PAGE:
Folic acid has no cancer link: Prof

The addition of folic acid to bread will not increase the risk of cancer, the head of the University of Otago's department of human nutrition, Prof Murray Skeaff, says.

He said last night he had formed the view after attending a conference in Prague two weeks ago where he heard the results of an as-yet unpublished British analysis of the effects of the vitamin.

Australia and New Zealand are due to begin "fortifying" bread with the B vitamin from September in a bid to reduce the number of children born with diseases such as spina bifida.

The move has sparked debate in New Zealand over whether increased consumption of folic acid might lead to more cases of cancer.

Prime Minister John Key said yesterday it was likely folic acid would be added to bread but that it might be stopped soon after.

Mr Key said a ministerial review in October was the best option to stop the implementation.

Prof Skeaff said the Prague conference was told of the "pooled" analysis done by the clinical trials service unit at the University of Oxford.

The unit had looked at all the "randomised control trials of folic acid to date", which included the results from about 35,000 individuals who took part in studies of high-dosage folic acid supplementation.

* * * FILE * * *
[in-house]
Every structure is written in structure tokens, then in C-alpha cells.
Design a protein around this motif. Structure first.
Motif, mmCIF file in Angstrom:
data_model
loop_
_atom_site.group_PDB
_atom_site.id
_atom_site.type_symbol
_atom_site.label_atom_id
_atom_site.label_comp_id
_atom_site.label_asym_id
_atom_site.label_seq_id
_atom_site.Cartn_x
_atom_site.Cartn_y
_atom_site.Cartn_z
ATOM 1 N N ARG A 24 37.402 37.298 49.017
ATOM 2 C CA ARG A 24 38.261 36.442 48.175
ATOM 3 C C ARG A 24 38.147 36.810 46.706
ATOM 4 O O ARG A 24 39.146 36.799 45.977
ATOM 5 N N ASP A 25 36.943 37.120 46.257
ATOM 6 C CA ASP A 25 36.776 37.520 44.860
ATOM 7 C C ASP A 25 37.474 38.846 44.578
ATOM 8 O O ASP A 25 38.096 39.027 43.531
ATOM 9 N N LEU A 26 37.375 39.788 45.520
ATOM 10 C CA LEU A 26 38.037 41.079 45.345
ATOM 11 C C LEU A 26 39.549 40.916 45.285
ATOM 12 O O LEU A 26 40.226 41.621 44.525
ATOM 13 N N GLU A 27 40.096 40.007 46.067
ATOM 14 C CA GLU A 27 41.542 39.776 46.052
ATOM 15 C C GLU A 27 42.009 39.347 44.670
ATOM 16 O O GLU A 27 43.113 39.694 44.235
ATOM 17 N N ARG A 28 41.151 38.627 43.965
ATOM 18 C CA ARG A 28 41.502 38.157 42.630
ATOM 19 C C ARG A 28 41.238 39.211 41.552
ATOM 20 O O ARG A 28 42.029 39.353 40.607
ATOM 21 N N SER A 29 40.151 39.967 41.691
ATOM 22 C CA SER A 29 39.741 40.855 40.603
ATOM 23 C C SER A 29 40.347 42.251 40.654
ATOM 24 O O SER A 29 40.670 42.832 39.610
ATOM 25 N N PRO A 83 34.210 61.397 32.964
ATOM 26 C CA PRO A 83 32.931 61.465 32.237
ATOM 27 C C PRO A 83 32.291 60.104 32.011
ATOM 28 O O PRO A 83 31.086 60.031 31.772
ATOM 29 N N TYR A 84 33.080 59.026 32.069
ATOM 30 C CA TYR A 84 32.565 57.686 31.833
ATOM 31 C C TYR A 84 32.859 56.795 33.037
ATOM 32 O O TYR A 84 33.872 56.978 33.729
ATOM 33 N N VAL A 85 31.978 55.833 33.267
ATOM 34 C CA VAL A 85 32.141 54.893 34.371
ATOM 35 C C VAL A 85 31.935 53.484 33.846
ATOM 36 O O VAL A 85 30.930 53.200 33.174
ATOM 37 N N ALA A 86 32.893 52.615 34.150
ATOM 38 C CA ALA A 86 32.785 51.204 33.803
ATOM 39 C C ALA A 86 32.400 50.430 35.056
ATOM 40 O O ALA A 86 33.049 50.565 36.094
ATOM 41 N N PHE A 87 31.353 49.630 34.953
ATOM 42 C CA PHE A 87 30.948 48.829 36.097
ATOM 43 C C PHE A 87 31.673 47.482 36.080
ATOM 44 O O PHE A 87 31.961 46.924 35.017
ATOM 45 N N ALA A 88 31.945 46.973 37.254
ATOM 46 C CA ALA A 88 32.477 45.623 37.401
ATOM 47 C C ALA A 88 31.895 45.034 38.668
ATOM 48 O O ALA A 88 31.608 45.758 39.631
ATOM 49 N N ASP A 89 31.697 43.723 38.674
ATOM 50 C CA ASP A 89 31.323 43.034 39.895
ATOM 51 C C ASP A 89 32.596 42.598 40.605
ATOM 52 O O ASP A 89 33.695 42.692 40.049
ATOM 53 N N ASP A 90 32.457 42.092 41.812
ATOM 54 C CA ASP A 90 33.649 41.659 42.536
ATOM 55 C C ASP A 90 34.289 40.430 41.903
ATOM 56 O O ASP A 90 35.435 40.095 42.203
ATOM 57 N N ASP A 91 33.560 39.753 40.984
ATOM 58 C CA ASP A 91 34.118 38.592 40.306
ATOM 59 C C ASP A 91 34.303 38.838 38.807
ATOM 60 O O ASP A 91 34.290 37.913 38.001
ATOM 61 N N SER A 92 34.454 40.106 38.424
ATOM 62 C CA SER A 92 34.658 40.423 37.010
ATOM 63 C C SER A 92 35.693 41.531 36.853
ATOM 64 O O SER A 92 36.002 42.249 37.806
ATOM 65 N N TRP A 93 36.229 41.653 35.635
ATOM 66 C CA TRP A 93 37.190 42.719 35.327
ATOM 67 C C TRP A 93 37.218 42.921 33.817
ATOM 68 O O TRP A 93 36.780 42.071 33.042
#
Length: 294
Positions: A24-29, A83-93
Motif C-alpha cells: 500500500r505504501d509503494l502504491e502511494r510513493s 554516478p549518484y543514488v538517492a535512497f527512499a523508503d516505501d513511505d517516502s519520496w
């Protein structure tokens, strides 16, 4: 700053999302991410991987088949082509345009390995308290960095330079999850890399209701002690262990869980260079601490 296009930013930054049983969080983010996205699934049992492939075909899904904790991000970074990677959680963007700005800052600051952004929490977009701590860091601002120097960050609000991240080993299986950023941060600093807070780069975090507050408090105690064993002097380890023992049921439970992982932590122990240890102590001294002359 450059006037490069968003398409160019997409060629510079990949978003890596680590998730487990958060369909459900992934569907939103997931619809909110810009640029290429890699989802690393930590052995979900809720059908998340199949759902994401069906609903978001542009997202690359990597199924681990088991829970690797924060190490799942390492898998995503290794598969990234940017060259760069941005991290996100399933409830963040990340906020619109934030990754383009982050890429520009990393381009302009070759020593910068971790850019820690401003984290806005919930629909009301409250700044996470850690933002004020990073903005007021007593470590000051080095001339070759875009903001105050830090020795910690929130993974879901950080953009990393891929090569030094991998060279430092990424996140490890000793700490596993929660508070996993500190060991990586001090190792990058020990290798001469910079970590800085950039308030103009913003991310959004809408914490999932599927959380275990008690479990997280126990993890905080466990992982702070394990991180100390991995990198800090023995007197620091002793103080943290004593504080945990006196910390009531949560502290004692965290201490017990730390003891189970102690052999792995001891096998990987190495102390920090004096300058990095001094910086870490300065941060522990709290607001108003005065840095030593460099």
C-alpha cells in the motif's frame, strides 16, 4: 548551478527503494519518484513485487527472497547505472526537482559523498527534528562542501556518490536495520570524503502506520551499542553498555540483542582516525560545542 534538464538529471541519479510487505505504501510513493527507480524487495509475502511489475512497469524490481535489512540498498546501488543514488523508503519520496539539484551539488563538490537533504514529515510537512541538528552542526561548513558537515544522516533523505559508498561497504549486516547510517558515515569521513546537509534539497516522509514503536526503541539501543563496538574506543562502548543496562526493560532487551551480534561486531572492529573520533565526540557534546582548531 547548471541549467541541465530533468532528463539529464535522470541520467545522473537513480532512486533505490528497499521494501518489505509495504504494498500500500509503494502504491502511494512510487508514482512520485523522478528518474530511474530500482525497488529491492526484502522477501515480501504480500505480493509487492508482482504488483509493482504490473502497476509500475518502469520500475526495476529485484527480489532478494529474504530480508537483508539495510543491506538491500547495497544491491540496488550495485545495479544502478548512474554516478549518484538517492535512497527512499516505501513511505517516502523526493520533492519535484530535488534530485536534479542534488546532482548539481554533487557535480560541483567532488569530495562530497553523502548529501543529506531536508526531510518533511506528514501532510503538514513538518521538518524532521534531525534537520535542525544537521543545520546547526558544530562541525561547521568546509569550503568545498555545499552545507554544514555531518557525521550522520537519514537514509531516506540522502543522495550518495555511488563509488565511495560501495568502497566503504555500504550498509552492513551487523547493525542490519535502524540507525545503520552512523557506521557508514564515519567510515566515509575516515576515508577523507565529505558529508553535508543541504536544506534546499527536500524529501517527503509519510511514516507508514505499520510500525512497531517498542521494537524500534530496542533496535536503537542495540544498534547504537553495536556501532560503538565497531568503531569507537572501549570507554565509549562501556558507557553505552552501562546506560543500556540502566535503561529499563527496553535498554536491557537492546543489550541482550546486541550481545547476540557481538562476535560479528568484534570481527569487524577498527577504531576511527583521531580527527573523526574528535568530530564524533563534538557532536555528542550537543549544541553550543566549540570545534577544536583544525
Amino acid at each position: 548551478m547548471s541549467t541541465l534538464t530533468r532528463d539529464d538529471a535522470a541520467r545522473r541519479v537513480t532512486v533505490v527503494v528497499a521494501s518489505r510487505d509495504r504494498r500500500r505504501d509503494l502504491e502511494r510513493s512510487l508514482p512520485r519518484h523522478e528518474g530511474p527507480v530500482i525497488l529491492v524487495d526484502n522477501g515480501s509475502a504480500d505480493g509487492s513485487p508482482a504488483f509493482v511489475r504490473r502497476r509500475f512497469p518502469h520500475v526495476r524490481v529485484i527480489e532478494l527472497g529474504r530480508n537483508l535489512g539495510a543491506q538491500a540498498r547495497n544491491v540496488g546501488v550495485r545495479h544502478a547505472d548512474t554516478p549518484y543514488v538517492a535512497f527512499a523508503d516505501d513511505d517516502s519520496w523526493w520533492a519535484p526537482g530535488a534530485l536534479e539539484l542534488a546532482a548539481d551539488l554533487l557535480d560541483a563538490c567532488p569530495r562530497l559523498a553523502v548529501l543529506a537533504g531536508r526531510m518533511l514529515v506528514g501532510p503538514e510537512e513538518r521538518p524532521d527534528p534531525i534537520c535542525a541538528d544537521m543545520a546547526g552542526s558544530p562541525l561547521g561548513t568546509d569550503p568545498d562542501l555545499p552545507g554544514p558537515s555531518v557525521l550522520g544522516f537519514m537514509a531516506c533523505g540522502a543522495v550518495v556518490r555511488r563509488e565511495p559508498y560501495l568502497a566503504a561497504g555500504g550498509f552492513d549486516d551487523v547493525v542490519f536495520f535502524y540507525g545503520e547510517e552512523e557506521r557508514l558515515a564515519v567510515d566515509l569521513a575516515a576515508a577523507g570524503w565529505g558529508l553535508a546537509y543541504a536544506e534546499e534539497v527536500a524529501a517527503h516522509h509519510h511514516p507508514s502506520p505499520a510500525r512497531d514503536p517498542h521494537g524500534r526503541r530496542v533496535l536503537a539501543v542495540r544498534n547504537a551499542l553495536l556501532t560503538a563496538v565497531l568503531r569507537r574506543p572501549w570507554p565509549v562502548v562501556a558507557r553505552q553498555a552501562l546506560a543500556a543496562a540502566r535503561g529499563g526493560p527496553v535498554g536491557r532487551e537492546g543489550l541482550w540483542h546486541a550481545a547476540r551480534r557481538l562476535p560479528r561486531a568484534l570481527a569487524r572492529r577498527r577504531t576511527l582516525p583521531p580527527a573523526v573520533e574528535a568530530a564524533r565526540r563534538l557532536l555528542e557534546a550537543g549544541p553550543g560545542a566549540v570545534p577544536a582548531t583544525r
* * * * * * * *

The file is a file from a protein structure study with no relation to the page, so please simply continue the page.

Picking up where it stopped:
"The results showed that there was no significant increase or decrease in the risk of cancer among those who were taking B vitamins as opposed to those who were not.

"In other words, there was no change in their risk of cancer."

Prof Skeaff said the trials used high-dosage folic acid, ranging from 600mg to about 2500mg per day.

The fortification of bread is designed to deliver an extra 140mg per day to pregnant women.

The analysis was of trials done mainly in Europe and North America from the mid 1990s and compared countries with different levels of fortification, compared men with women and those with either high or low folate status at the beginning of trials.

"They found that folic acid and B vitamins had no effect on cancer risk."

It also examined the studies linking folic acid and prostate or colorectal cancer.

Prof Skeaff said these studies were "very small" and "very weak" and their primary purpose was not to look at the connection between folic acid and cancer.

By comparison, the pooled analysis was a much bigger study that looked at the "totality of the scientific evidence".

"It is the best evidence we have so far, and it shows that there is no increase in cancer risk with high-dose folic acid."

Earlier this year Britain postponed the introduction of fortification while it awaited the results of two major trials.

Prof Skeaff said the Oxford study was the one British health officials wanted to see before making a decision to proceed with fortification.


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